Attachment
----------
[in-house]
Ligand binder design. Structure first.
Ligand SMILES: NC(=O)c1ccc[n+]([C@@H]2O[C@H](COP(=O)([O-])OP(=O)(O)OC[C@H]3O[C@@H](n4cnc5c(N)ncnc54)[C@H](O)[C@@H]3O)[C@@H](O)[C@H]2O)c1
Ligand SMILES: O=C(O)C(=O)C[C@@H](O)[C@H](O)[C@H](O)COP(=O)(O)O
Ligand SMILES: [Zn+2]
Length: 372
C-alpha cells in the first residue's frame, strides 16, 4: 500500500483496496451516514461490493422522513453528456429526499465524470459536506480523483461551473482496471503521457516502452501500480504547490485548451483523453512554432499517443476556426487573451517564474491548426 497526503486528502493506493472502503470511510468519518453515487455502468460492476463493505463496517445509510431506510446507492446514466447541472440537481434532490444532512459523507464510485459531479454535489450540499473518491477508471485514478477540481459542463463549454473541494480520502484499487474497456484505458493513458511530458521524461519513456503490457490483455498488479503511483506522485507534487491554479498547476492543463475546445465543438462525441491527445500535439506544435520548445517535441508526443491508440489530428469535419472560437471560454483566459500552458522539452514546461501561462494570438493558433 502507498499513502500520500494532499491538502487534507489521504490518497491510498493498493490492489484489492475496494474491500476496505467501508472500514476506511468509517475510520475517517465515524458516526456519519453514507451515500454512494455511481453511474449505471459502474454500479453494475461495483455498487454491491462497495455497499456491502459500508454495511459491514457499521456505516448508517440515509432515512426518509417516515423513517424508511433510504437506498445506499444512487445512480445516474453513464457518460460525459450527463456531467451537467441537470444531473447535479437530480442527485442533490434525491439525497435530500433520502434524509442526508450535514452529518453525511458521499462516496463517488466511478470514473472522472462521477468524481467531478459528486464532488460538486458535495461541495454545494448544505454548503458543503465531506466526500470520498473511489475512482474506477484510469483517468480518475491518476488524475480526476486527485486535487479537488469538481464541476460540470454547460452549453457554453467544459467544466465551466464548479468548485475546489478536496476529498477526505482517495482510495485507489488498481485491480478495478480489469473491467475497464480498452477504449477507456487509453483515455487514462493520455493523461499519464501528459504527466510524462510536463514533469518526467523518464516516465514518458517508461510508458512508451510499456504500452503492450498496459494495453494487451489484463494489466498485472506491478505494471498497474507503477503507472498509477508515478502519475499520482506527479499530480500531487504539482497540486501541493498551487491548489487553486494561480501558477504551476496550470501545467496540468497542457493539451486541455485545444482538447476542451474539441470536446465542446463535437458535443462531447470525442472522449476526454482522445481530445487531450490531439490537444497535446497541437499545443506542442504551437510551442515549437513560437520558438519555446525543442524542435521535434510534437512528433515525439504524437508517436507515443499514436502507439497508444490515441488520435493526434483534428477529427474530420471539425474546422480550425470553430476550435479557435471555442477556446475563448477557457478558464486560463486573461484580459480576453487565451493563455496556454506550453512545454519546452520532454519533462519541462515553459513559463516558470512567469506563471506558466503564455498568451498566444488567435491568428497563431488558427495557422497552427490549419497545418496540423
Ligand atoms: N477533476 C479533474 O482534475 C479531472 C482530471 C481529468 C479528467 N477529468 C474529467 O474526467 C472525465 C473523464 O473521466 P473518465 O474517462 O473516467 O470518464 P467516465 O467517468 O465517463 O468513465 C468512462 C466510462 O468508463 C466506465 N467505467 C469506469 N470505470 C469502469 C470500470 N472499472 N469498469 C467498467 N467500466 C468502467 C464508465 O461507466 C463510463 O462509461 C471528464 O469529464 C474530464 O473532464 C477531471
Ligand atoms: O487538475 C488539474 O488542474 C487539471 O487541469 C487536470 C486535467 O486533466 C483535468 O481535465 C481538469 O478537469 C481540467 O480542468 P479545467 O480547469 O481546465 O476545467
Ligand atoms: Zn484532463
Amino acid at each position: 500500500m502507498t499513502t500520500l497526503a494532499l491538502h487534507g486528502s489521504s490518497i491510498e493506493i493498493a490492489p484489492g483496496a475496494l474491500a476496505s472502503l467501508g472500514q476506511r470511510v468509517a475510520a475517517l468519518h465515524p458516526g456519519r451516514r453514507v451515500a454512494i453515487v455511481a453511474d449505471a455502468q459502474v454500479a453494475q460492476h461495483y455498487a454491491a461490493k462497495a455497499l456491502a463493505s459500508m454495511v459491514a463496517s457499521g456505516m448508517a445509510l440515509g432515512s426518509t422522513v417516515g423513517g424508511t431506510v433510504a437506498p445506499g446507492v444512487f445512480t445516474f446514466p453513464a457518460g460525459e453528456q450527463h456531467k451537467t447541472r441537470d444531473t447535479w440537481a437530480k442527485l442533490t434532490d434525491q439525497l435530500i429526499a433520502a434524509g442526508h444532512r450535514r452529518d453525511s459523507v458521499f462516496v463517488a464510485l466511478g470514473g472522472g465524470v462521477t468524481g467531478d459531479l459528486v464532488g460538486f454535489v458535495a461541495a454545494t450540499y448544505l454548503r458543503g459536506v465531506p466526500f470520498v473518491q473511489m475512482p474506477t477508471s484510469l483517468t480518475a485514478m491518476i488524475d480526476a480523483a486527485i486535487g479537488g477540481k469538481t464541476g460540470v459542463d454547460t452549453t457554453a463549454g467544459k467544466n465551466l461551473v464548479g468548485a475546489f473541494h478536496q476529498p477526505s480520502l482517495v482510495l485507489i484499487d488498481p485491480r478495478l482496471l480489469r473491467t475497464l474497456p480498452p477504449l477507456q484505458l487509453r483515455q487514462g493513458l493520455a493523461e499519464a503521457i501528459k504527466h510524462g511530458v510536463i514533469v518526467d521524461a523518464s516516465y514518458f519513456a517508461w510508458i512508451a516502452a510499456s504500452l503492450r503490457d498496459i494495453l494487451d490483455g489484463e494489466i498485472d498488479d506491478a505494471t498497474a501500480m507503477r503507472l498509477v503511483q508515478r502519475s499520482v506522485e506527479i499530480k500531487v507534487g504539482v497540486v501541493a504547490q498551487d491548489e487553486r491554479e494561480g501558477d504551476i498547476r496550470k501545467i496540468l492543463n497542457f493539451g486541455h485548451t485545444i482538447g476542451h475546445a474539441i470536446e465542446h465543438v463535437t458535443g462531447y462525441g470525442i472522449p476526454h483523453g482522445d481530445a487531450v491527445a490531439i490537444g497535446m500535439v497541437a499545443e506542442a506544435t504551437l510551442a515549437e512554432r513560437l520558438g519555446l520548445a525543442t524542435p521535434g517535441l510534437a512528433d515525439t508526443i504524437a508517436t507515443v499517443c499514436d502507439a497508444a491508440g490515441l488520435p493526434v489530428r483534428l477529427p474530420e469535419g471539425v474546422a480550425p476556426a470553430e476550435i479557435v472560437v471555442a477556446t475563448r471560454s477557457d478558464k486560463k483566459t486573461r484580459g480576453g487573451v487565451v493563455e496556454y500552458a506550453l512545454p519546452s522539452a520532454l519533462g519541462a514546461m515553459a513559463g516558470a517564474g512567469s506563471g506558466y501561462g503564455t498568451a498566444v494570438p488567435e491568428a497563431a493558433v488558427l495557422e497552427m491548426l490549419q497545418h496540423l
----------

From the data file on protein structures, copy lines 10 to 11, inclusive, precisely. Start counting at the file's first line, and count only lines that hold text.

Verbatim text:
Ligand atoms: Zn484532463
Amino acid at each position: 500500500m502507498t499513502t500520500l497526503a494532499l491538502h487534507g486528502s489521504s490518497i491510498e493506493i493498493a490492489p484489492g483496496a475496494l474491500a476496505s472502503l467501508g472500514q476506511r470511510v468509517a475510520a475517517l468519518h465515524p458516526g456519519r451516514r453514507v451515500a454512494i453515487v455511481a453511474d449505471a455502468q459502474v454500479a453494475q460492476h461495483y455498487a454491491a461490493k462497495a455497499l456491502a463493505s459500508m454495511v459491514a463496517s457499521g456505516m448508517a445509510l440515509g432515512s426518509t422522513v417516515g423513517g424508511t431506510v433510504a437506498p445506499g446507492v444512487f445512480t445516474f446514466p453513464a457518460g460525459e453528456q450527463h456531467k451537467t447541472r441537470d444531473t447535479w440537481a437530480k442527485l442533490t434532490d434525491q439525497l435530500i429526499a433520502a434524509g442526508h444532512r450535514r452529518d453525511s459523507v458521499f462516496v463517488a464510485l466511478g470514473g472522472g465524470v462521477t468524481g467531478d459531479l459528486v464532488g460538486f454535489v458535495a461541495a454545494t450540499y448544505l454548503r458543503g459536506v465531506p466526500f470520498v473518491q473511489m475512482p474506477t477508471s484510469l483517468t480518475a485514478m491518476i488524475d480526476a480523483a486527485i486535487g479537488g477540481k469538481t464541476g460540470v459542463d454547460t452549453t457554453a463549454g467544459k467544466n465551466l461551473v464548479g468548485a475546489f473541494h478536496q476529498p477526505s480520502l482517495v482510495l485507489i484499487d488498481p485491480r478495478l482496471l480489469r473491467t475497464l474497456p480498452p477504449l477507456q484505458l487509453r483515455q487514462g493513458l493520455a493523461e499519464a503521457i501528459k504527466h510524462g511530458v510536463i514533469v518526467d521524461a523518464s516516465y514518458f519513456a517508461w510508458i512508451a516502452a510499456s504500452l503492450r503490457d498496459i494495453l494487451d490483455g489484463e494489466i498485472d498488479d506491478a505494471t498497474a501500480m507503477r503507472l498509477v503511483q508515478r502519475s499520482v506522485e506527479i499530480k500531487v507534487g504539482v497540486v501541493a504547490q498551487d491548489e487553486r491554479e494561480g501558477d504551476i498547476r496550470k501545467i496540468l492543463n497542457f493539451g486541455h485548451t485545444i482538447g476542451h475546445a474539441i470536446e465542446h465543438v463535437t458535443g462531447y462525441g470525442i472522449p476526454h483523453g482522445d481530445a487531450v491527445a490531439i490537444g497535446m500535439v497541437a499545443e506542442a506544435t504551437l510551442a515549437e512554432r513560437l520558438g519555446l520548445a525543442t524542435p521535434g517535441l510534437a512528433d515525439t508526443i504524437a508517436t507515443v499517443c499514436d502507439a497508444a491508440g490515441l488520435p493526434v489530428r483534428l477529427p474530420e469535419g471539425v474546422a480550425p476556426a470553430e476550435i479557435v472560437v471555442a477556446t475563448r471560454s477557457d478558464k486560463k483566459t486573461r484580459g480576453g487573451v487565451v493563455e496556454y500552458a506550453l512545454p519546452s522539452a520532454l519533462g519541462a514546461m515553459a513559463g516558470a517564474g512567469s506563471g506558466y501561462g503564455t498568451a498566444v494570438p488567435e491568428a497563431a493558433v488558427l495557422e497552427m491548426l490549419q497545418h496540423l